Shhh! Libraries hope to avoid a video closeup
Oregon's public libraries are trying to avoid a harsh video spotlight.
Librarians across the state are spreading the word about the possiblity that First Amendment "auditors," who take videos inside public buildings, could show up at local libraries. Most of the auditors' videos are posted on YouTube and social media sites by people identified as "citizen journalists" and Constitutional activists. They're usually based on random contacts with public officials. Auditors often highlight confrontations with law enforcement.
Sherwood's Public Library staff reported meeting with a First Amendment auditor in late January. Library Manager Adrienne Doman Calkins told Oregon's Intellectual Freedom Clearinghouse that on Jan. 21, a man who said he was a First Amendment auditor spent about 30 minutes in the library, asking questions about city policies, including restrictions on filming or taking photos in the building.
Calkins said the man (who she did not identify) "was enthusiastic about his questions and courteous." The man didn't live in Sherwood, but told Calkins he had occasionally used the library. The discussion was friendly, she said, and the man wasn't confrontational. "This had a different tone from what I've seen on YouTube," Calkins said.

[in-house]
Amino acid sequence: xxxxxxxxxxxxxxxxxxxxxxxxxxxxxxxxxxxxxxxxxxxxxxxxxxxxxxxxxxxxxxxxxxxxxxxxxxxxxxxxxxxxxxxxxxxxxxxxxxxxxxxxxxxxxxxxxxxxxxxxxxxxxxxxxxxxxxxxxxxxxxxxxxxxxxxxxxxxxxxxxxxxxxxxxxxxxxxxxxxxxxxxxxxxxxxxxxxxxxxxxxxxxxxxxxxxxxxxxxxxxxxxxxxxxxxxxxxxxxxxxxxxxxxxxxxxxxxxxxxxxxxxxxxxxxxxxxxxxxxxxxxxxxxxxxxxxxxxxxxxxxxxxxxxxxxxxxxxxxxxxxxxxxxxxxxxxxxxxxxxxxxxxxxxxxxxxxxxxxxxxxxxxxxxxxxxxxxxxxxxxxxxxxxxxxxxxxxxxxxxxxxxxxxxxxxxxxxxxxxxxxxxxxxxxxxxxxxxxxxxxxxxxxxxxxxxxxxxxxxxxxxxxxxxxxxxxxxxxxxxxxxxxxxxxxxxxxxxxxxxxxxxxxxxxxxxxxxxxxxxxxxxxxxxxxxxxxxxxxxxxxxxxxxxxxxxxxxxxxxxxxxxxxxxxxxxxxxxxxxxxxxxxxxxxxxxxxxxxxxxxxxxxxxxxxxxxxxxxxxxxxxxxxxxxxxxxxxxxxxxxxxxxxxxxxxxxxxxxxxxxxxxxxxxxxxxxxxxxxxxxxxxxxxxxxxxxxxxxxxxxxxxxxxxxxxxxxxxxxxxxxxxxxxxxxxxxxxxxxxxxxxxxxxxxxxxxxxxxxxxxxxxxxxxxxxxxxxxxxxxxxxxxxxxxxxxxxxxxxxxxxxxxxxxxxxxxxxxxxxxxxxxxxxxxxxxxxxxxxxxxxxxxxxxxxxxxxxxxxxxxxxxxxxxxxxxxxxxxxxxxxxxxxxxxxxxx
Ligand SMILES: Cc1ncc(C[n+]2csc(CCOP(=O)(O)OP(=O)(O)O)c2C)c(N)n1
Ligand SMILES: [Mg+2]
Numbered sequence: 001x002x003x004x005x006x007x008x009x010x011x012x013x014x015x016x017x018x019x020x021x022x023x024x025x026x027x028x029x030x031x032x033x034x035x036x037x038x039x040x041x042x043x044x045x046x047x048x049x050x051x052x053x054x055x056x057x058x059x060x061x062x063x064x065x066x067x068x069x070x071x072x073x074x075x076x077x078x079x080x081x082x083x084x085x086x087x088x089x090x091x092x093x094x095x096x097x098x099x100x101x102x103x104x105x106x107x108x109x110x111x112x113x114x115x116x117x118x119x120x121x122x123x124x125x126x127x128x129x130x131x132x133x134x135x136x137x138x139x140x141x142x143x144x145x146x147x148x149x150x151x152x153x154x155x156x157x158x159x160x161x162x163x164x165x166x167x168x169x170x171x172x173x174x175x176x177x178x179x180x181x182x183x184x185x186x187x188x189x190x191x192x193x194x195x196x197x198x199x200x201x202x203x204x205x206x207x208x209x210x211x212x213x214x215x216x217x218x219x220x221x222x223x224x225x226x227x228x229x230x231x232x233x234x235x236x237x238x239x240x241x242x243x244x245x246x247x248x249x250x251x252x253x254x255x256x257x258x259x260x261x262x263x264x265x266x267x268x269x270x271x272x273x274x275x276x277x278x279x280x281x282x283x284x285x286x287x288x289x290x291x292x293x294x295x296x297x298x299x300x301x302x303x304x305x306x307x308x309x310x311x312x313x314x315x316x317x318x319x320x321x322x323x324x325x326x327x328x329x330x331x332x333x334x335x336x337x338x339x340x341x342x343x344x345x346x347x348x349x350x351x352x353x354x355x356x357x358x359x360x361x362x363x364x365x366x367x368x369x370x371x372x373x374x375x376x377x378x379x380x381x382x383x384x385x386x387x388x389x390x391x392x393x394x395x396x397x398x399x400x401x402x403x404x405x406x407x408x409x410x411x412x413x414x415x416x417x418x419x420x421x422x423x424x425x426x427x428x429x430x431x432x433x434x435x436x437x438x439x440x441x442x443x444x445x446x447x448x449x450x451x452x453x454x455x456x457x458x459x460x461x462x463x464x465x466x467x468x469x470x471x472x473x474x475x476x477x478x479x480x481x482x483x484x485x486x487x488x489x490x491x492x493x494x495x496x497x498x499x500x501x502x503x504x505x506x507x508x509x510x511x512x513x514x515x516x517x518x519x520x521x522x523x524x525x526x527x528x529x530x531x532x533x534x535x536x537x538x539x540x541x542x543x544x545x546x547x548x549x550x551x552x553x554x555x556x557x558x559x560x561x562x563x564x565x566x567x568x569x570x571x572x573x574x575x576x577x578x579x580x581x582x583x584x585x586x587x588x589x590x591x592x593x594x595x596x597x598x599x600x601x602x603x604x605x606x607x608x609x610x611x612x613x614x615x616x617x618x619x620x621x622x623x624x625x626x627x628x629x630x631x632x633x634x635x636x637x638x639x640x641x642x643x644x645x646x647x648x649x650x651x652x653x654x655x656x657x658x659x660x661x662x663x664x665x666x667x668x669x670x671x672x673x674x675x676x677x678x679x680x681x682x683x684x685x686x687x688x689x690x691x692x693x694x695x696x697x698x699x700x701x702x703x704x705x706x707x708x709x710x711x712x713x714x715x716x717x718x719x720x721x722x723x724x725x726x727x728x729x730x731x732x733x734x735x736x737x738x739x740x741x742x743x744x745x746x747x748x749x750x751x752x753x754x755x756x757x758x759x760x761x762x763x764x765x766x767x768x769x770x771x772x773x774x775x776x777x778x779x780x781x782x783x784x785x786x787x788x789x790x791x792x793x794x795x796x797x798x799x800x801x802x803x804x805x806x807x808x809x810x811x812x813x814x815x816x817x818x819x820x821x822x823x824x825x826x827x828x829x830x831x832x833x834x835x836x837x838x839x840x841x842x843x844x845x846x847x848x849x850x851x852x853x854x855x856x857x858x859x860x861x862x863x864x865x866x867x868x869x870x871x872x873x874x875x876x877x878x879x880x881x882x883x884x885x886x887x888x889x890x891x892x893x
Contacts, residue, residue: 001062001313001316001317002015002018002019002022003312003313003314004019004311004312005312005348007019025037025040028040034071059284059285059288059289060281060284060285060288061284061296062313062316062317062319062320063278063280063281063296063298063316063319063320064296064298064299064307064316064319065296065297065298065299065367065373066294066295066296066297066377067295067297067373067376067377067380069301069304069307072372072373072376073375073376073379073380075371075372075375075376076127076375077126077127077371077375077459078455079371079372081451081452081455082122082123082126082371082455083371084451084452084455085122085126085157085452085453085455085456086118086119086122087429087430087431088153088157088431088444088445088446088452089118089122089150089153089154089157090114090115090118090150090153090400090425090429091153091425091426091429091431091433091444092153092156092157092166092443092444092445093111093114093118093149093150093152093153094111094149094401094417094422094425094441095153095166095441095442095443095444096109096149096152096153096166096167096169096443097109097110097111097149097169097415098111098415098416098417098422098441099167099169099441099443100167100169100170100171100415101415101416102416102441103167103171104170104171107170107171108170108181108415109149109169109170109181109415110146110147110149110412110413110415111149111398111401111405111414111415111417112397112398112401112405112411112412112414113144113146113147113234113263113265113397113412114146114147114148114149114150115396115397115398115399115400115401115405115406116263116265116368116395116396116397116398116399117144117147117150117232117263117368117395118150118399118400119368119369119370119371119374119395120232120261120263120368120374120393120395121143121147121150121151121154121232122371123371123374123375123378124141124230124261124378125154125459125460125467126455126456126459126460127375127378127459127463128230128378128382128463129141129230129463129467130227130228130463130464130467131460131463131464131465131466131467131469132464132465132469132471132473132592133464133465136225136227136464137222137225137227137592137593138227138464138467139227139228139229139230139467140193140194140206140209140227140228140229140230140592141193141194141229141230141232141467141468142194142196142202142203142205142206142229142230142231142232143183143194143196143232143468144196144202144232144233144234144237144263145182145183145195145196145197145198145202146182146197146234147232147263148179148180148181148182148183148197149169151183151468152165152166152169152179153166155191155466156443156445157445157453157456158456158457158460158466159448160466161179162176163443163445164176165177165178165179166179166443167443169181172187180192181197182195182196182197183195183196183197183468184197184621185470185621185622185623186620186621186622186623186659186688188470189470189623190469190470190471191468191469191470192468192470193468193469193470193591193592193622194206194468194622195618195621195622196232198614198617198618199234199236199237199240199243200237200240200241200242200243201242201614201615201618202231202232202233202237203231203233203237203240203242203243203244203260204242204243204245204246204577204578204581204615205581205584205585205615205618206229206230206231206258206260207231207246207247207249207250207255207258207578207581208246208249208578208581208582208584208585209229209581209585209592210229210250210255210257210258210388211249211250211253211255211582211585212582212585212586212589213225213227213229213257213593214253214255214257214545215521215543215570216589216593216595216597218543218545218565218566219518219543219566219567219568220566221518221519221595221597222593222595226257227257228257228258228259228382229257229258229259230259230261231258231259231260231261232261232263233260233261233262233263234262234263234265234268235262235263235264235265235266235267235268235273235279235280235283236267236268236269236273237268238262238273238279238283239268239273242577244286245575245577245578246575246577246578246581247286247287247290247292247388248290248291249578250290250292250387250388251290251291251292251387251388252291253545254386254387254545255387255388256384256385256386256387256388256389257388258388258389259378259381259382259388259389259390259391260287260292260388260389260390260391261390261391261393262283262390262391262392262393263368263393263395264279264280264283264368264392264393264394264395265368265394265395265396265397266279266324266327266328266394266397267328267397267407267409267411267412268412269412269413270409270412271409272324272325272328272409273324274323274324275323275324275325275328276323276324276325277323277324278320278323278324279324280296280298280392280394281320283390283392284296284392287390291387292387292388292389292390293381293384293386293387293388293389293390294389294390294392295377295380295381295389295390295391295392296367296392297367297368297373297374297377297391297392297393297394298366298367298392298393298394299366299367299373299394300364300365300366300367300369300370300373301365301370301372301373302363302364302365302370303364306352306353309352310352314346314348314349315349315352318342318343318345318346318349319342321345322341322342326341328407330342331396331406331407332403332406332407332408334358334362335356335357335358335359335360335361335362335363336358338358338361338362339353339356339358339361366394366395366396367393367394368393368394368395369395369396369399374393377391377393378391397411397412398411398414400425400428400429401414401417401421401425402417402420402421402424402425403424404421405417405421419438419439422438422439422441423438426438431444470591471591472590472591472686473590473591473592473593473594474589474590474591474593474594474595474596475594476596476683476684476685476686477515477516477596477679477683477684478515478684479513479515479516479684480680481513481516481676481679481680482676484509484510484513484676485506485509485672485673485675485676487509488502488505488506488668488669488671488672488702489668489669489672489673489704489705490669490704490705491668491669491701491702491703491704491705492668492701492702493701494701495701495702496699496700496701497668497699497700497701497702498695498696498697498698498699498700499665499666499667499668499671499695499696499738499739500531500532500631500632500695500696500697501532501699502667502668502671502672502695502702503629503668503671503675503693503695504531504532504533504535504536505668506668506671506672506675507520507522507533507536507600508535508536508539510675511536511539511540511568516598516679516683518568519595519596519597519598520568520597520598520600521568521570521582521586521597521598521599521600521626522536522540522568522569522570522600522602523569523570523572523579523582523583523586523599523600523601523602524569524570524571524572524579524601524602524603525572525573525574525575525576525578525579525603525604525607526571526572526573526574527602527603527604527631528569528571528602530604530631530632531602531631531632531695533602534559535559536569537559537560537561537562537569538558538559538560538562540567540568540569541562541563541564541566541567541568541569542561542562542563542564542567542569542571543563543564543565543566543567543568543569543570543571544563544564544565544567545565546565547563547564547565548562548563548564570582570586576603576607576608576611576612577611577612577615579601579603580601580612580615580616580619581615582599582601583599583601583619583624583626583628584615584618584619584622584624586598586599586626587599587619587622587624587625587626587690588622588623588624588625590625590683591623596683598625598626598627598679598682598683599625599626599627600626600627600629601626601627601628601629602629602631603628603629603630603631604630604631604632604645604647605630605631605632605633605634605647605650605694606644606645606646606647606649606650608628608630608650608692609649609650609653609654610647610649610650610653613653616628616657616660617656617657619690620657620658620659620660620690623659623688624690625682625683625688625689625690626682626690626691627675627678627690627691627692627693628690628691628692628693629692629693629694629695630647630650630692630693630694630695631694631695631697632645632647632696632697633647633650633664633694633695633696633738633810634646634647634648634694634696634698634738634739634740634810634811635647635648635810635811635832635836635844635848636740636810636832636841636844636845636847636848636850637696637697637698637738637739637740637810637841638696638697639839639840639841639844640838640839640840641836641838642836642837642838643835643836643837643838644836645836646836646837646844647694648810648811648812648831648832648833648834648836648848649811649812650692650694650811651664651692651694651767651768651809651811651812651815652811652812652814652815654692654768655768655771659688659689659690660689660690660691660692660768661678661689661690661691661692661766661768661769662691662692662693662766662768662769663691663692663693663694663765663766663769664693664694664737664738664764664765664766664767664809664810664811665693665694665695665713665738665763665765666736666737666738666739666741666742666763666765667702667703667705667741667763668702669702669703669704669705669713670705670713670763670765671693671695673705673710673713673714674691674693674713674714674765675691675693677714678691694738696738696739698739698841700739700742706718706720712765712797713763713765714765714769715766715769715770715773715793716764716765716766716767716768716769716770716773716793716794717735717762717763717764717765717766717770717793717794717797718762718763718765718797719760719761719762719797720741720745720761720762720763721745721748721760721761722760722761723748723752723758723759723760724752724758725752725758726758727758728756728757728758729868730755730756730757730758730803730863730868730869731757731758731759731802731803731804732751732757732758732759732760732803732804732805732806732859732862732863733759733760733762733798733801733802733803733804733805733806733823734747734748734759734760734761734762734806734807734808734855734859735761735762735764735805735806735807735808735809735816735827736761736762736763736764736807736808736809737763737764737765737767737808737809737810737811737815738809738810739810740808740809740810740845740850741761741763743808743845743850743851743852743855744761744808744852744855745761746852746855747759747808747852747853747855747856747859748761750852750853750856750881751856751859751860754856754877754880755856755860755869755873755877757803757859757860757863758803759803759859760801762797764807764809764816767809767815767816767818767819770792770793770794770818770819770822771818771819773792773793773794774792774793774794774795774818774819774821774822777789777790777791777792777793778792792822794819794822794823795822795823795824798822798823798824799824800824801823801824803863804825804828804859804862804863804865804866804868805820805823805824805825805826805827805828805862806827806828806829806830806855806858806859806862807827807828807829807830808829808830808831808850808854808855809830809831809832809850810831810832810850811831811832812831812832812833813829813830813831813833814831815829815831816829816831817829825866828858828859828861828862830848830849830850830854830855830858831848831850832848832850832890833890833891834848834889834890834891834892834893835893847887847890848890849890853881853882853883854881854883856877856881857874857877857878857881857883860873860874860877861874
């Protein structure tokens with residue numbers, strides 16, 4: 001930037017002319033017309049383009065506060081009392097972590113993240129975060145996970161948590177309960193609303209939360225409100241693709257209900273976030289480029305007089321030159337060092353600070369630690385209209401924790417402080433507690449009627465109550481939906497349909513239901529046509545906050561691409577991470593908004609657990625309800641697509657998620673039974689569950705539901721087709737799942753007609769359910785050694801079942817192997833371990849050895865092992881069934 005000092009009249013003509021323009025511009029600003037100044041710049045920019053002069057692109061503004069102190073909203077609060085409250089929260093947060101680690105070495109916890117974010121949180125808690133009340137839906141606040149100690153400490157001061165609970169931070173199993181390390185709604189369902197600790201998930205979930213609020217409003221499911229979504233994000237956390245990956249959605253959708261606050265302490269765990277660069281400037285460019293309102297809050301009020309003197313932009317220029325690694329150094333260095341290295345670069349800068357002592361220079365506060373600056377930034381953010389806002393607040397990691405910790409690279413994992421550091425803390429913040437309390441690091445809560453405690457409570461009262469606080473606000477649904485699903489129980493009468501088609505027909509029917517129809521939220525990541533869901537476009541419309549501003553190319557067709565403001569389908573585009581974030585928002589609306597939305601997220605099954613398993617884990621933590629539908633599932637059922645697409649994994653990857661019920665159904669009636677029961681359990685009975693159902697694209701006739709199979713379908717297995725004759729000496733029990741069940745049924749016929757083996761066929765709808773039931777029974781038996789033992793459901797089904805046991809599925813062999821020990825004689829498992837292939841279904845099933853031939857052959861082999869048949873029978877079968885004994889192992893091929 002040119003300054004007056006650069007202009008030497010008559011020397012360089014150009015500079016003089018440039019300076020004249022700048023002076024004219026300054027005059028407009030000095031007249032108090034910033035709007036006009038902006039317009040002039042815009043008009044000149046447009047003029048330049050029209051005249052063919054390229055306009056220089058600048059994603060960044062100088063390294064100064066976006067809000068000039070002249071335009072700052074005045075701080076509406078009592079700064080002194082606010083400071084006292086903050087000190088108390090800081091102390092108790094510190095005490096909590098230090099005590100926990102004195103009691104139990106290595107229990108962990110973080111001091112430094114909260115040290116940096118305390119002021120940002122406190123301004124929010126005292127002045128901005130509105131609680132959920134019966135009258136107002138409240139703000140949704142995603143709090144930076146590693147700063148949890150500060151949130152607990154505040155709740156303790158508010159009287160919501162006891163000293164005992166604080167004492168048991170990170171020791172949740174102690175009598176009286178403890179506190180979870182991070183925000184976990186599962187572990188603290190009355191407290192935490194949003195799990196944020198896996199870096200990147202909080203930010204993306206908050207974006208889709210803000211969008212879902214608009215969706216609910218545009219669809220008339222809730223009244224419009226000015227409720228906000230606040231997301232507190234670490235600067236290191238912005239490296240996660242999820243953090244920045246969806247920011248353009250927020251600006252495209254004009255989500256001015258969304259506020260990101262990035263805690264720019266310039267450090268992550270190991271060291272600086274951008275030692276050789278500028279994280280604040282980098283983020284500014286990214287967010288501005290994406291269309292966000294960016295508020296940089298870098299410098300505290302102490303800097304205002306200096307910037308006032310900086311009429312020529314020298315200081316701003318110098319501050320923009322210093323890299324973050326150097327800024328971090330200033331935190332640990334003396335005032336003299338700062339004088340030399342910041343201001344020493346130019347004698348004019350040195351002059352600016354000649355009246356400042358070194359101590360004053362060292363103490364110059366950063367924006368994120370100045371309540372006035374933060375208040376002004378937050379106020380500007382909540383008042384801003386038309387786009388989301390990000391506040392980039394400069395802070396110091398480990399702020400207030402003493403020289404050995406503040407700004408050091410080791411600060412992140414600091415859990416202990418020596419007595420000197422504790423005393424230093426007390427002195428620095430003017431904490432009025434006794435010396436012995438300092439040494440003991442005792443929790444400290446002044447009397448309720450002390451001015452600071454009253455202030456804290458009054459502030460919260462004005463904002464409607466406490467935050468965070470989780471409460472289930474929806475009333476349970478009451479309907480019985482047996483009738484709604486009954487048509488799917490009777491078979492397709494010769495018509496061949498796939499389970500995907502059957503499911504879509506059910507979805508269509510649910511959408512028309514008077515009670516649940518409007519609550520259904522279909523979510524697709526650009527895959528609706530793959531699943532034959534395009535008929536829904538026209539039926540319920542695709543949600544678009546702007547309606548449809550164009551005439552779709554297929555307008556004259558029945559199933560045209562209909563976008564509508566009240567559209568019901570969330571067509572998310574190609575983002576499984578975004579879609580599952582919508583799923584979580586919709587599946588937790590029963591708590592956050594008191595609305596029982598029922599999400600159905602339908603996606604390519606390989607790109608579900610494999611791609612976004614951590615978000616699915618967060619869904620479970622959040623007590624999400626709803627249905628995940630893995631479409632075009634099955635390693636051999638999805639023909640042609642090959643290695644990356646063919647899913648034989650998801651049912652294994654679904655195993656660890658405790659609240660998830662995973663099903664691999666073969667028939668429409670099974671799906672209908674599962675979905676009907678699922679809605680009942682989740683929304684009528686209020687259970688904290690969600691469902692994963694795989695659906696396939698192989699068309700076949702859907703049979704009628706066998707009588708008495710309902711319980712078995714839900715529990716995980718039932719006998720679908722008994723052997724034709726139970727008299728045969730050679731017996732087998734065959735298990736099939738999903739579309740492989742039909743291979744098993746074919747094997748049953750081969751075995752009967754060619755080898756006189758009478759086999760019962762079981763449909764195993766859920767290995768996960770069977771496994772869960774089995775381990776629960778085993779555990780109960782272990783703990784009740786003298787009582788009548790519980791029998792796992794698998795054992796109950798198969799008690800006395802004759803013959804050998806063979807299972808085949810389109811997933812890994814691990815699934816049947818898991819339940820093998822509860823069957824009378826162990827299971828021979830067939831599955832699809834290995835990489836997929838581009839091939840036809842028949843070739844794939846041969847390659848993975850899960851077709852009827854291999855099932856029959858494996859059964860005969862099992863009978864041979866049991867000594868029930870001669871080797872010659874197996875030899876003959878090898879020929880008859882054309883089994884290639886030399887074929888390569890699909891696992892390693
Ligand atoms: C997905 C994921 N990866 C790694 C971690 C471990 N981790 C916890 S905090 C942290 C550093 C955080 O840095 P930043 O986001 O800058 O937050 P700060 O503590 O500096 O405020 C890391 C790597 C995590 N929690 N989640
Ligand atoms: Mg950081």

She told other city officials about the meeting, and tried to follow up with the man by phone and email. He instead took his video camera to Tigard's Public Library, where he filmed.
Tigard Library Director Halsted Bernard said via email that the man was cordial and "spoke positively about the library in general." He made an appointment in January. When he showed up, the man filmed the library's technology room while asking Bernard about the facility. "In our conversation, he did not mention the word audit," she said.
Library staff took the meeting in stride. "The staff provided him with the same excellent customer service that we provide to everyone who visits our library," Bernard said.
Lisa Tattersall, manager of the Washington County Cooperative Library Services in Hillsboro, expected the same from any of the county's 16 public libraries if "auditors" show up. "Public libraries are open to all, and we work to meet the information needs of everyone in our communities," she said via email.
A 'limited' public forum